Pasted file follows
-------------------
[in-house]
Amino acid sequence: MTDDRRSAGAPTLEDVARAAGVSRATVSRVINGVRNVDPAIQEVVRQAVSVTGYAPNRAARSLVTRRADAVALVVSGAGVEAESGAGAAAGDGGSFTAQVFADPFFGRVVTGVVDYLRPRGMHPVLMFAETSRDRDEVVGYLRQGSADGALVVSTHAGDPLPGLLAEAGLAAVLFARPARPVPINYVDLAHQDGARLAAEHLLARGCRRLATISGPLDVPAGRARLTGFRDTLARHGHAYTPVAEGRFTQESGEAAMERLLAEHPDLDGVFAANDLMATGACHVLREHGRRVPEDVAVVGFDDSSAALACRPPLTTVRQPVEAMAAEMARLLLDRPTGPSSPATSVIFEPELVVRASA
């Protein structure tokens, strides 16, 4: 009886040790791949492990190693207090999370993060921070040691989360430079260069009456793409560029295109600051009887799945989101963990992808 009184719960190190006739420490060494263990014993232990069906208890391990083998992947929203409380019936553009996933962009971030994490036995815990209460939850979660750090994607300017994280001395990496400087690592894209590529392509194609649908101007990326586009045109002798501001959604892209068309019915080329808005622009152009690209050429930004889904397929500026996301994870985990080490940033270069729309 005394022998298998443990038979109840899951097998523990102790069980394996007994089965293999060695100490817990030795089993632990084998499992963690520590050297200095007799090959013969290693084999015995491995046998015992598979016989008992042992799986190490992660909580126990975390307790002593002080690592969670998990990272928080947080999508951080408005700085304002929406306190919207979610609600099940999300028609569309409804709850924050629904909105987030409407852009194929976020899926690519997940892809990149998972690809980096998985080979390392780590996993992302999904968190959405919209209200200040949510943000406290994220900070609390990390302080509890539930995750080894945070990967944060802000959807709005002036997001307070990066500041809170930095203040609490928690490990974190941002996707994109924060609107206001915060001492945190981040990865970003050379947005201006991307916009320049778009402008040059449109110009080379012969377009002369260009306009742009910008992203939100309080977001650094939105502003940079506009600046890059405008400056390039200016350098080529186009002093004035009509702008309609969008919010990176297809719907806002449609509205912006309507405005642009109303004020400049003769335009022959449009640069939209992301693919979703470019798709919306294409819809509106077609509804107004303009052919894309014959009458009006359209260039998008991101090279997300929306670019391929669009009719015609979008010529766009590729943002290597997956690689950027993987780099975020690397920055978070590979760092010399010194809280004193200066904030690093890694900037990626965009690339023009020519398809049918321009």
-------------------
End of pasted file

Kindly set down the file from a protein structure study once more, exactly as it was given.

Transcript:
[in-house]
Amino acid sequence: MTDDRRSAGAPTLEDVARAAGVSRATVSRVINGVRNVDPAIQEVVRQAVSVTGYAPNRAARSLVTRRADAVALVVSGAGVEAESGAGAAAGDGGSFTAQVFADPFFGRVVTGVVDYLRPRGMHPVLMFAETSRDRDEVVGYLRQGSADGALVVSTHAGDPLPGLLAEAGLAAVLFARPARPVPINYVDLAHQDGARLAAEHLLARGCRRLATISGPLDVPAGRARLTGFRDTLARHGHAYTPVAEGRFTQESGEAAMERLLAEHPDLDGVFAANDLMATGACHVLREHGRRVPEDVAVVGFDDSSAALACRPPLTTVRQPVEAMAAEMARLLLDRPTGPSSPATSVIFEPELVVRASA
């Protein structure tokens, strides 16, 4: 009886040790791949492990190693207090999370993060921070040691989360430079260069009456793409560029295109600051009887799945989101963990992808 009184719960190190006739420490060494263990014993232990069906208890391990083998992947929203409380019936553009996933962009971030994490036995815990209460939850979660750090994607300017994280001395990496400087690592894209590529392509194609649908101007990326586009045109002798501001959604892209068309019915080329808005622009152009690209050429930004889904397929500026996301994870985990080490940033270069729309 005394022998298998443990038979109840899951097998523990102790069980394996007994089965293999060695100490817990030795089993632990084998499992963690520590050297200095007799090959013969290693084999015995491995046998015992598979016989008992042992799986190490992660909580126990975390307790002593002080690592969670998990990272928080947080999508951080408005700085304002929406306190919207979610609600099940999300028609569309409804709850924050629904909105987030409407852009194929976020899926690519997940892809990149998972690809980096998985080979390392780590996993992302999904968190959405919209209200200040949510943000406290994220900070609390990390302080509890539930995750080894945070990967944060802000959807709005002036997001307070990066500041809170930095203040609490928690490990974190941002996707994109924060609107206001915060001492945190981040990865970003050379947005201006991307916009320049778009402008040059449109110009080379012969377009002369260009306009742009910008992203939100309080977001650094939105502003940079506009600046890059405008400056390039200016350098080529186009002093004035009509702008309609969008919010990176297809719907806002449609509205912006309507405005642009109303004020400049003769335009022959449009640069939209992301693919979703470019798709919306294409819809509106077609509804107004303009052919894309014959009458009006359209260039998008991101090279997300929306670019391929669009009719015609979008010529766009590729943002290597997956690689950027993987780099975020690397920055978070590979760092010399010194809280004193200066904030690093890694900037990626965009690339023009020519398809049918321009």